Why I hate the word ‘Neurotypical’

In Autism by SeanLeave a Comment

Now, I know that some people will probably disagree with me on this one but I wanted to talk about why I hate the word Neurotypical. Before I go into that, what exactly does the online dictionary say about this word?


  1. not displaying or characterized by autistic or other neurologically atypical patterns of thought or behaviour.
    “neurotypical individuals often assume that their experience of the world is either the only one or the only correct one”

So this is my issue

So, this definition really does highlight why I hate using it. This word is setting a label on a child or person that says ‘They don’t have Autism or any other neurological disability”. In essence, it’s setting a label on children, like my son, that distinguishes them from other children.

I don’t distinguish my son from anyone else’s child. Yes, he was diagnosed with ASD. Yes, he has delayed learning. However, he is still a child, just like my daughter who would fall in the category as this neurotypical label.

Anything that classifies one child or person from another I dislike. Maybe its just my principles here that lead me to believe that everyone is the same, everyone has the same basic rights and everyone is individual in themselves.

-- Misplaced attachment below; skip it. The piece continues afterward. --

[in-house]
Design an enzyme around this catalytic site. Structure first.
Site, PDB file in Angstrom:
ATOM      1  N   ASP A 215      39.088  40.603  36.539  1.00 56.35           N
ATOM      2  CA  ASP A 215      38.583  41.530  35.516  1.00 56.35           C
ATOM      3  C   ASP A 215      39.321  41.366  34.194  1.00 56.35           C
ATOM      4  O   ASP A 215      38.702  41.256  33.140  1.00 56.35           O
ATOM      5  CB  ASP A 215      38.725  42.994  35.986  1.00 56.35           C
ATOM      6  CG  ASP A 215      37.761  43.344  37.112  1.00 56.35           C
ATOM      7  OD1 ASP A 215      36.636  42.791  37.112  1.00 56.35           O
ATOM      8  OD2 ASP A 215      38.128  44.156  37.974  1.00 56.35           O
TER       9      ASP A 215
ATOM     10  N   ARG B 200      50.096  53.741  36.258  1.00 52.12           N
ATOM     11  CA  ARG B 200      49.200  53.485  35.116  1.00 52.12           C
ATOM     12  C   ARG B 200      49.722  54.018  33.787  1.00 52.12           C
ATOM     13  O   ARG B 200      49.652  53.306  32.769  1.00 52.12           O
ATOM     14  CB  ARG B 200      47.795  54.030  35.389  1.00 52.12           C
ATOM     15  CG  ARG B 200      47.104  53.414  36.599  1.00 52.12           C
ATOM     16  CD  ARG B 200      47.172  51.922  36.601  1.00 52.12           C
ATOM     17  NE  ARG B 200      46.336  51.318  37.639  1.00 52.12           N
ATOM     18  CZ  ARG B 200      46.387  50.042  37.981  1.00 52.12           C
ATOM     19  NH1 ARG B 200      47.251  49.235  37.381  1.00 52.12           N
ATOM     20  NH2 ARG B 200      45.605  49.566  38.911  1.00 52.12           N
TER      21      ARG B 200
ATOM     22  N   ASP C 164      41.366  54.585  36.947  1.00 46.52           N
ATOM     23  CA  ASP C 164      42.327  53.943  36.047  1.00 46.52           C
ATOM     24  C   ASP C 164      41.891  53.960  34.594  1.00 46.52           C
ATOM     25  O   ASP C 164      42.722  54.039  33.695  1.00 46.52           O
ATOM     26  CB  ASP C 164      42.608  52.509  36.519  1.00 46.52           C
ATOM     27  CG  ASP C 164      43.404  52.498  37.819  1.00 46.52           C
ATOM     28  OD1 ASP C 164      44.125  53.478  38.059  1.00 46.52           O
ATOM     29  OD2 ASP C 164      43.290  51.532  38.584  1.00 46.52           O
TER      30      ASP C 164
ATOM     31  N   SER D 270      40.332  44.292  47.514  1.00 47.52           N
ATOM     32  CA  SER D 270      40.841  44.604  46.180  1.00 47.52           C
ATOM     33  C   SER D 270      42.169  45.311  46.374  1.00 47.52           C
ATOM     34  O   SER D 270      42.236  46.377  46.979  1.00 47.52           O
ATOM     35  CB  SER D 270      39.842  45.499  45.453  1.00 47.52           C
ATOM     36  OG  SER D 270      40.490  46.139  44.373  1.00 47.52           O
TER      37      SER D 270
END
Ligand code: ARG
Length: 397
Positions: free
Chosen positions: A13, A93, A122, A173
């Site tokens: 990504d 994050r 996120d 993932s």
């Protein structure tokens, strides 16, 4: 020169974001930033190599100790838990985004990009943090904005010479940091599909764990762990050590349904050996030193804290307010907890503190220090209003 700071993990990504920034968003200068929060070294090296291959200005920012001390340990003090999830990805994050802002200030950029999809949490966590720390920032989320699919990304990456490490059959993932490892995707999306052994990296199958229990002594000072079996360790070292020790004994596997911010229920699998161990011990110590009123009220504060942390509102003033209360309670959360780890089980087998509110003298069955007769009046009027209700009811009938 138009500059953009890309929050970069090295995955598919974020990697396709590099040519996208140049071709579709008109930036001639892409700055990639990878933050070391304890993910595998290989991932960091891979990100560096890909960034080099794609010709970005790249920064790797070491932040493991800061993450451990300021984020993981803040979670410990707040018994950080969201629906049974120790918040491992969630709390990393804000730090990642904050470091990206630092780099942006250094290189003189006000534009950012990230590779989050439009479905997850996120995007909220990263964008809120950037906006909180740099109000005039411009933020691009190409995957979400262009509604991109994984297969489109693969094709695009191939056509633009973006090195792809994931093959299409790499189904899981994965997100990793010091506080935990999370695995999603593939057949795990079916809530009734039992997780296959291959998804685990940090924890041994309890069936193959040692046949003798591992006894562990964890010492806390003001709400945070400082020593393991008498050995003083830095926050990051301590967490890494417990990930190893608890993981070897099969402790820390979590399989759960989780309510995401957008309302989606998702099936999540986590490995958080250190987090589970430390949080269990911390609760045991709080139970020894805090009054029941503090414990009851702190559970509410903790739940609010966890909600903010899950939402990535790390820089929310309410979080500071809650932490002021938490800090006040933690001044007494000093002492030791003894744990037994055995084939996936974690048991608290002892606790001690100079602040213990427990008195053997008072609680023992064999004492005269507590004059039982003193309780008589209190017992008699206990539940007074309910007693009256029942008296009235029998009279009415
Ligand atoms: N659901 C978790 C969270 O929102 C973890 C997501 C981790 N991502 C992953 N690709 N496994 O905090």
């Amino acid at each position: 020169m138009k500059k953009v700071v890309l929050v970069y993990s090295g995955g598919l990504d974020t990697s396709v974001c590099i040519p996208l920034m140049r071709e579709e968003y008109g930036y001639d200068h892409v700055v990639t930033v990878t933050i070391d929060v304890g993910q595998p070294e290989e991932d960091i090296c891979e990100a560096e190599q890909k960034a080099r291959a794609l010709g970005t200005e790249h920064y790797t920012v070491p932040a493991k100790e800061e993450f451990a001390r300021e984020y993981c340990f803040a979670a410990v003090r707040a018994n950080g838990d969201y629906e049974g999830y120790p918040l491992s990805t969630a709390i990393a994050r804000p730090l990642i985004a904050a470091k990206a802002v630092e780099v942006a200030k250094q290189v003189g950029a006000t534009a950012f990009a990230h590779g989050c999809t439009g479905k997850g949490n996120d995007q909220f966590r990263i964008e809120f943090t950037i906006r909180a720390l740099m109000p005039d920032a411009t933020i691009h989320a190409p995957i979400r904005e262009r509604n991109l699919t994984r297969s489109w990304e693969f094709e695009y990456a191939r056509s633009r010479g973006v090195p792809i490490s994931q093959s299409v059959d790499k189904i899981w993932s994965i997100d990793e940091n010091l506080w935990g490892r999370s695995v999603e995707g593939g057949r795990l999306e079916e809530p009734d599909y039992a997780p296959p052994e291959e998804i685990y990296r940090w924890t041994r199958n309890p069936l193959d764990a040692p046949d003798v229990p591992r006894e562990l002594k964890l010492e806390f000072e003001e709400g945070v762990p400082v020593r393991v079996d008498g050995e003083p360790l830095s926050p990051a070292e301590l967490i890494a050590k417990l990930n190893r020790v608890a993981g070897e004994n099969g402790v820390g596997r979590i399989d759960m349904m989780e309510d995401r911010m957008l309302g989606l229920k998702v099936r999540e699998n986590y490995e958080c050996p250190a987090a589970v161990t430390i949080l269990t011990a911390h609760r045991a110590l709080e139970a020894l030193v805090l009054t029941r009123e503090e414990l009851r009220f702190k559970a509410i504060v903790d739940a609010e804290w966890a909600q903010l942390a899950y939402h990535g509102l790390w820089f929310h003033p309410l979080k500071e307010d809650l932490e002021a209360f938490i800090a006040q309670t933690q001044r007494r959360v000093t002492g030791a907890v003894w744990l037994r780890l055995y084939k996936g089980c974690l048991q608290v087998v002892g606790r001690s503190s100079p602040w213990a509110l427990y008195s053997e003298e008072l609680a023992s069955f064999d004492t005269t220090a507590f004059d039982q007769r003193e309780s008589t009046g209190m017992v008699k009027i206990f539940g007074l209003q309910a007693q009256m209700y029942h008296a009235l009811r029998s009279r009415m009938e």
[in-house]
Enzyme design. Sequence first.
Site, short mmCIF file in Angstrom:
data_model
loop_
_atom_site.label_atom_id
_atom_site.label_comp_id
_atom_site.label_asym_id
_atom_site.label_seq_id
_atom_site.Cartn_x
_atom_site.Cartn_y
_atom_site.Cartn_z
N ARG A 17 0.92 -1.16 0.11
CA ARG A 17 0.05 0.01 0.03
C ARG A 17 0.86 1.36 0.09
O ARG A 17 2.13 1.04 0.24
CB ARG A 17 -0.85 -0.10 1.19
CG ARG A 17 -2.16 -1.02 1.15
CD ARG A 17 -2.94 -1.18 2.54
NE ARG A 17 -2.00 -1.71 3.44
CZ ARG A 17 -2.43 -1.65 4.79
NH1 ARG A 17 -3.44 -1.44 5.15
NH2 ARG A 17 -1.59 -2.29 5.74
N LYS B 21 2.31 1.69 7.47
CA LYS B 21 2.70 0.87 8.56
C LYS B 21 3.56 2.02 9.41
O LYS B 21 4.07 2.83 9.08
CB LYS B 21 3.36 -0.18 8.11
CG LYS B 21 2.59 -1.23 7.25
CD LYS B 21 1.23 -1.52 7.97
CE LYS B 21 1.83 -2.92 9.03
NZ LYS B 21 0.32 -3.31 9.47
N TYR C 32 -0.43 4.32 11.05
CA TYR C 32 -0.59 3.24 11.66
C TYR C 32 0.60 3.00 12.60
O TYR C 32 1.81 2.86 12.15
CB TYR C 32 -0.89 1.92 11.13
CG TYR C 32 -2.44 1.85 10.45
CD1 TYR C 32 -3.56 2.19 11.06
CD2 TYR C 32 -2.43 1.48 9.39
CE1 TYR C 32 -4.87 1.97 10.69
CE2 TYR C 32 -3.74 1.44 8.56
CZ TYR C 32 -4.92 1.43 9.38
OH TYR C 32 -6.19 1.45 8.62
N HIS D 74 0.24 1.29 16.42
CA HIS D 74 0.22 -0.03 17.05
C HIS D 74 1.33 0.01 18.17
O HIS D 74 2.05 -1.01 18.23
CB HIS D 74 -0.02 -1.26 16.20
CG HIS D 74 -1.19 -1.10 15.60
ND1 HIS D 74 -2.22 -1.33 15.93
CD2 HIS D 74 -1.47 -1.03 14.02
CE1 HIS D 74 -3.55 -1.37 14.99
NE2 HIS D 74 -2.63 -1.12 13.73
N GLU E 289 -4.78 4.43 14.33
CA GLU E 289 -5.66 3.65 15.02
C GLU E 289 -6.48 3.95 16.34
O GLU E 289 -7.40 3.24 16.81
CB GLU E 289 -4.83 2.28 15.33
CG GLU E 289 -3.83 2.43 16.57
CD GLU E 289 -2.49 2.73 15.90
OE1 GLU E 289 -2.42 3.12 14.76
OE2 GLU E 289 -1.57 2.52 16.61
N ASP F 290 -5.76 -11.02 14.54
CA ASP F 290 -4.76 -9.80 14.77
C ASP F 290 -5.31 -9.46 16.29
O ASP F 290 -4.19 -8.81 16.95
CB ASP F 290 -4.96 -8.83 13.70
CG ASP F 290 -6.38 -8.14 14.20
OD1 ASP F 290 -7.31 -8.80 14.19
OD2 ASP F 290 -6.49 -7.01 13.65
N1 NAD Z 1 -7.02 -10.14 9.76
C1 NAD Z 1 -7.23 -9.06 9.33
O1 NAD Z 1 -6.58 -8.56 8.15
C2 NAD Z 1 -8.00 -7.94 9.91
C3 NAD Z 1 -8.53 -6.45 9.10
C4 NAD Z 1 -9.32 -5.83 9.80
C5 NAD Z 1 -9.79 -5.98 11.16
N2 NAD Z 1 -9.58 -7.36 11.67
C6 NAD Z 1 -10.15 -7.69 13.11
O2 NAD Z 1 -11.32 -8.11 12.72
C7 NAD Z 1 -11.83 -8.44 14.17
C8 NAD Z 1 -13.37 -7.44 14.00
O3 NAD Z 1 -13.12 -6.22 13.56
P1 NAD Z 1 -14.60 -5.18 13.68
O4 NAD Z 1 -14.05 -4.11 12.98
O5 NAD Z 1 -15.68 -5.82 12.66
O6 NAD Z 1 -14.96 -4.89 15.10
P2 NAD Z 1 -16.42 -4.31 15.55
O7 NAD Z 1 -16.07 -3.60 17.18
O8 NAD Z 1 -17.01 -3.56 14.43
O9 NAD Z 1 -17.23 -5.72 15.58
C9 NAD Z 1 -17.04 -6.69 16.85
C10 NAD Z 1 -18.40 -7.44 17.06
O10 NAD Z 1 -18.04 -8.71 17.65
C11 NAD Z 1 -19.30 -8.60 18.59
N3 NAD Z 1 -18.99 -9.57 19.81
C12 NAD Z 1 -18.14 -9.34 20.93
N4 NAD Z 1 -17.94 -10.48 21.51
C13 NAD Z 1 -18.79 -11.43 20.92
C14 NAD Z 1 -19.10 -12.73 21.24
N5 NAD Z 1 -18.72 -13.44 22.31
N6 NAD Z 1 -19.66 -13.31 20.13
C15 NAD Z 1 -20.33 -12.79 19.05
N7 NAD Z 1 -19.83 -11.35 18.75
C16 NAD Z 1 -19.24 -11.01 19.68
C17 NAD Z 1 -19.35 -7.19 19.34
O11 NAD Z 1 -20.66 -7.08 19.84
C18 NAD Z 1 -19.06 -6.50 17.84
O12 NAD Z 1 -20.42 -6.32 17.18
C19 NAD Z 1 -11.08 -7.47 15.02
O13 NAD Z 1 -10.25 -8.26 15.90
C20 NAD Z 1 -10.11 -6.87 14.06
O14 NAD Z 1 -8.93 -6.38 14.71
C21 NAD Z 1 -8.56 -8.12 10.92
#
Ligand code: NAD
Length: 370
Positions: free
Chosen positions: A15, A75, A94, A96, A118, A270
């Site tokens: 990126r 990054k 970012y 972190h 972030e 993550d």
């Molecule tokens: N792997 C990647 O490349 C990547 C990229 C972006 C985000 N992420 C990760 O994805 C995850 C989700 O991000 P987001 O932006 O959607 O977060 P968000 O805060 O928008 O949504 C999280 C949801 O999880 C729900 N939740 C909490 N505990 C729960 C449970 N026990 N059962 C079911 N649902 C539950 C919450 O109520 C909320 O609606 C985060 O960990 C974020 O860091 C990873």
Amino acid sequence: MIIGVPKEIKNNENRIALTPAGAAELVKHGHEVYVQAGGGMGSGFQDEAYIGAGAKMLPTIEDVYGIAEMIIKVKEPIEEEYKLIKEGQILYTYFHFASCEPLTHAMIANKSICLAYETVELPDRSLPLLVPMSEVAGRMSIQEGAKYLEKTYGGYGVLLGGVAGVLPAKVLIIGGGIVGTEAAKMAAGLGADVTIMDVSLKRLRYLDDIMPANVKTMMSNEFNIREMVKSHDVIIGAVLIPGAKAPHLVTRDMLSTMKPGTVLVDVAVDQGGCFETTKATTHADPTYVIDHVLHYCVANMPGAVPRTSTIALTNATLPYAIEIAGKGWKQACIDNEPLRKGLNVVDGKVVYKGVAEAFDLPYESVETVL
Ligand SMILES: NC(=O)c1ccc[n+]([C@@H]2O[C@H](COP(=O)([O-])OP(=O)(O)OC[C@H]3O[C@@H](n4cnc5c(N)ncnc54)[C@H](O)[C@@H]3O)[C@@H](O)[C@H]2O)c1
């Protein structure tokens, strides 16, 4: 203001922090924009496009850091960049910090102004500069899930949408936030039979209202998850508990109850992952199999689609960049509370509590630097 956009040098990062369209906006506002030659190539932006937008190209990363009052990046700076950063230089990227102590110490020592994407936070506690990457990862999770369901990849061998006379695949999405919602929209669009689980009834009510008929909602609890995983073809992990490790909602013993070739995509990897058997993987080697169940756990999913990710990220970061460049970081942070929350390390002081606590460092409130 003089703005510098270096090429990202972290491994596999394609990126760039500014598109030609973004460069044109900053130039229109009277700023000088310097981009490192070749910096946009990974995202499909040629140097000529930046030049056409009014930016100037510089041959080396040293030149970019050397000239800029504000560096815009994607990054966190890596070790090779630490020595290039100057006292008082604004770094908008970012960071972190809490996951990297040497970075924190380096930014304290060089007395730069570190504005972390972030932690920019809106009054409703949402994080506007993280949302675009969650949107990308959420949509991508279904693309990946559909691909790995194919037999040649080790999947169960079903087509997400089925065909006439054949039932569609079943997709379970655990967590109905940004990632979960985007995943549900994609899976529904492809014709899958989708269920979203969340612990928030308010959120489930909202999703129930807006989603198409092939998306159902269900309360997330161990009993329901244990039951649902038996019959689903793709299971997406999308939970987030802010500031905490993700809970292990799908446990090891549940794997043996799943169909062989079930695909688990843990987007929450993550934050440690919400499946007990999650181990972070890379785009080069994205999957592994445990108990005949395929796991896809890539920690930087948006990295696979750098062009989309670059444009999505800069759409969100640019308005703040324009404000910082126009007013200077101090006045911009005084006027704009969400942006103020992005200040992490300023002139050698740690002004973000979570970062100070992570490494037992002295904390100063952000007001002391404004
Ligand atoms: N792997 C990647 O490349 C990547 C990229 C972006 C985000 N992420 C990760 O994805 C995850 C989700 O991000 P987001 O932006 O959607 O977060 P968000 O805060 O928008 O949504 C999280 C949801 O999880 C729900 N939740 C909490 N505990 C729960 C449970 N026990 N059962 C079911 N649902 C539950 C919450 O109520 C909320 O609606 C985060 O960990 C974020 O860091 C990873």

I don’t want to label my children

At the end of the day, I don’t want to label on my children. Some labels are limiters; we have to face that in the world. I know, because my son was diagnosed with ASD that people will label him under autism. Today, we are making effort to get young adults in to work regardless of disability or not. However, having a label doesn’t help, it never has.

So, having labels such as neurotypical is enabling this. I don’t want little Mr. to grow up thinking he can’t do something because of a label or not. I want him to grow up thinking I can, not I can’t.

This word may seem like a little thing, but it isn’t. I know I keep saying its a label, but it is.

They are all children, no labels, please

At the end of the day, they are all just children. Let them grow to the people that they will be. Give them help and support. Help educate and support where needed. They may need more support, they may not.

The one thing I noticed when my son was at pre-school. He went to a regular pre-school and none of the children distinguished him from anyone else. They knew he didn’t talk. They knew what he did, how he played and all that. However, they did not avoid or think he couldn’t do something.

This is how it should be. Leave the labels behind. This is my reason for hating the word Neurotypical. Do you have a word you hate? Do you disagree with mine? Then why not leave a comment below and we can discuss.


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